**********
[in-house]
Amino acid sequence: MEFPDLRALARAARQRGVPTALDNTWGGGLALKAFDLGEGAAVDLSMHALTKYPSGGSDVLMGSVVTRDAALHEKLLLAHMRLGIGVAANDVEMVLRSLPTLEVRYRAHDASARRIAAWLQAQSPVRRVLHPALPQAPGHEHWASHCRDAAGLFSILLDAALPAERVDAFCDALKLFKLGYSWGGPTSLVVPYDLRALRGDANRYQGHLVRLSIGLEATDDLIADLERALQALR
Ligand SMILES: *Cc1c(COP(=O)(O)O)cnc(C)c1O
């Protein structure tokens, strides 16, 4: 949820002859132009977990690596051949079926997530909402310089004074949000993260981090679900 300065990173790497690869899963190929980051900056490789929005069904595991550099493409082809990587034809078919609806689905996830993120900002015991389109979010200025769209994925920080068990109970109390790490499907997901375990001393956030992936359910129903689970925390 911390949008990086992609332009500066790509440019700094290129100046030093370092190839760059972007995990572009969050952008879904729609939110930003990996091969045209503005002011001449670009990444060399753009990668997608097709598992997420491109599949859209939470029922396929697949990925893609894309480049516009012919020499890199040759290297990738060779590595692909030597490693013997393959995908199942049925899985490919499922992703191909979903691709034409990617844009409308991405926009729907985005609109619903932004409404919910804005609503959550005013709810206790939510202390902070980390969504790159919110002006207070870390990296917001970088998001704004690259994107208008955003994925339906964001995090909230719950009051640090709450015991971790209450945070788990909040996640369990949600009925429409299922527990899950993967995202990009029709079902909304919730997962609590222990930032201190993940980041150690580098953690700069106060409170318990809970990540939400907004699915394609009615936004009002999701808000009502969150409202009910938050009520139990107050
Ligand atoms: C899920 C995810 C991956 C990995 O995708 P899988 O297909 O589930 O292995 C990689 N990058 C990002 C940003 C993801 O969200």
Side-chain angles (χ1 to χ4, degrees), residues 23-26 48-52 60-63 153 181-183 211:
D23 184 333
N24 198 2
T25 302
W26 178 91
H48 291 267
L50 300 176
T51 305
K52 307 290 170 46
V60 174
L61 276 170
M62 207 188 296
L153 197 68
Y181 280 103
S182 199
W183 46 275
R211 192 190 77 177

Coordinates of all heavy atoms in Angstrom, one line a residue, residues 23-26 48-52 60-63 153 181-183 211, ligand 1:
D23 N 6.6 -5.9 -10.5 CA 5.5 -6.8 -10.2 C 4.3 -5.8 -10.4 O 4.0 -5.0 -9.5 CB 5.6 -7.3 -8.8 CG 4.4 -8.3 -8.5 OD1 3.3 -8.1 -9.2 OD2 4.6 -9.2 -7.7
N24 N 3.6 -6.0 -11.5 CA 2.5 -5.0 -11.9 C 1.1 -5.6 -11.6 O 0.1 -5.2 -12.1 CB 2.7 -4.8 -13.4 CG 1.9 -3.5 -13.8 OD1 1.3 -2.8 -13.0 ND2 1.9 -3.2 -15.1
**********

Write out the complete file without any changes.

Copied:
[in-house]
Amino acid sequence: MEFPDLRALARAARQRGVPTALDNTWGGGLALKAFDLGEGAAVDLSMHALTKYPSGGSDVLMGSVVTRDAALHEKLLLAHMRLGIGVAANDVEMVLRSLPTLEVRYRAHDASARRIAAWLQAQSPVRRVLHPALPQAPGHEHWASHCRDAAGLFSILLDAALPAERVDAFCDALKLFKLGYSWGGPTSLVVPYDLRALRGDANRYQGHLVRLSIGLEATDDLIADLERALQALR
Ligand SMILES: *Cc1c(COP(=O)(O)O)cnc(C)c1O
């Protein structure tokens, strides 16, 4: 949820002859132009977990690596051949079926997530909402310089004074949000993260981090679900 300065990173790497690869899963190929980051900056490789929005069904595991550099493409082809990587034809078919609806689905996830993120900002015991389109979010200025769209994925920080068990109970109390790490499907997901375990001393956030992936359910129903689970925390 911390949008990086992609332009500066790509440019700094290129100046030093370092190839760059972007995990572009969050952008879904729609939110930003990996091969045209503005002011001449670009990444060399753009990668997608097709598992997420491109599949859209939470029922396929697949990925893609894309480049516009012919020499890199040759290297990738060779590595692909030597490693013997393959995908199942049925899985490919499922992703191909979903691709034409990617844009409308991405926009729907985005609109619903932004409404919910804005609503959550005013709810206790939510202390902070980390969504790159919110002006207070870390990296917001970088998001704004690259994107208008955003994925339906964001995090909230719950009051640090709450015991971790209450945070788990909040996640369990949600009925429409299922527990899950993967995202990009029709079902909304919730997962609590222990930032201190993940980041150690580098953690700069106060409170318990809970990540939400907004699915394609009615936004009002999701808000009502969150409202009910938050009520139990107050
Ligand atoms: C899920 C995810 C991956 C990995 O995708 P899988 O297909 O589930 O292995 C990689 N990058 C990002 C940003 C993801 O969200």
Side-chain angles (χ1 to χ4, degrees), residues 23-26 48-52 60-63 153 181-183 211:
D23 184 333
N24 198 2
T25 302
W26 178 91
H48 291 267
L50 300 176
T51 305
K52 307 290 170 46
V60 174
L61 276 170
M62 207 188 296
L153 197 68
Y181 280 103
S182 199
W183 46 275
R211 192 190 77 177

Coordinates of all heavy atoms in Angstrom, one line a residue, residues 23-26 48-52 60-63 153 181-183 211, ligand 1:
D23 N 6.6 -5.9 -10.5 CA 5.5 -6.8 -10.2 C 4.3 -5.8 -10.4 O 4.0 -5.0 -9.5 CB 5.6 -7.3 -8.8 CG 4.4 -8.3 -8.5 OD1 3.3 -8.1 -9.2 OD2 4.6 -9.2 -7.7
N24 N 3.6 -6.0 -11.5 CA 2.5 -5.0 -11.9 C 1.1 -5.6 -11.6 O 0.1 -5.2 -12.1 CB 2.7 -4.8 -13.4 CG 1.9 -3.5 -13.8 OD1 1.3 -2.8 -13.0 ND2 1.9 -3.2 -15.1